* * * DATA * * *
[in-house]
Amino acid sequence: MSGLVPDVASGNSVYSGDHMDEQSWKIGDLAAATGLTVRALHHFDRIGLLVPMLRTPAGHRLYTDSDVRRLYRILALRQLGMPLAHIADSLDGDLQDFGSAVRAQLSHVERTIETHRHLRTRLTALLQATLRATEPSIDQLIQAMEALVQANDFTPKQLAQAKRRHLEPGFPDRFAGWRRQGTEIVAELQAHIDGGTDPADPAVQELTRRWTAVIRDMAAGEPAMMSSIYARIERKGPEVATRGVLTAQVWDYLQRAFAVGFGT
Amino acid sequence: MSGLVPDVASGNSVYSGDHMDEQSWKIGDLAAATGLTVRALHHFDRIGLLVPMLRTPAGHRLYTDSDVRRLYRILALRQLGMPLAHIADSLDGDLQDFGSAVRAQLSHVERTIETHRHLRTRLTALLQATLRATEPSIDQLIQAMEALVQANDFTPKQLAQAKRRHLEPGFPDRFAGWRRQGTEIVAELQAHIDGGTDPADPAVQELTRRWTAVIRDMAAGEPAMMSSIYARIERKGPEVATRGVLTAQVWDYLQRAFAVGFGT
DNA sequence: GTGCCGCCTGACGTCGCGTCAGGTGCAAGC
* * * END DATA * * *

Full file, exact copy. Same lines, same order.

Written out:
[in-house]
Amino acid sequence: MSGLVPDVASGNSVYSGDHMDEQSWKIGDLAAATGLTVRALHHFDRIGLLVPMLRTPAGHRLYTDSDVRRLYRILALRQLGMPLAHIADSLDGDLQDFGSAVRAQLSHVERTIETHRHLRTRLTALLQATLRATEPSIDQLIQAMEALVQANDFTPKQLAQAKRRHLEPGFPDRFAGWRRQGTEIVAELQAHIDGGTDPADPAVQELTRRWTAVIRDMAAGEPAMMSSIYARIERKGPEVATRGVLTAQVWDYLQRAFAVGFGT
Amino acid sequence: MSGLVPDVASGNSVYSGDHMDEQSWKIGDLAAATGLTVRALHHFDRIGLLVPMLRTPAGHRLYTDSDVRRLYRILALRQLGMPLAHIADSLDGDLQDFGSAVRAQLSHVERTIETHRHLRTRLTALLQATLRATEPSIDQLIQAMEALVQANDFTPKQLAQAKRRHLEPGFPDRFAGWRRQGTEIVAELQAHIDGGTDPADPAVQELTRRWTAVIRDMAAGEPAMMSSIYARIERKGPEVATRGVLTAQVWDYLQRAFAVGFGT
DNA sequence: GTGCCGCCTGACGTCGCGTCAGGTGCAAGC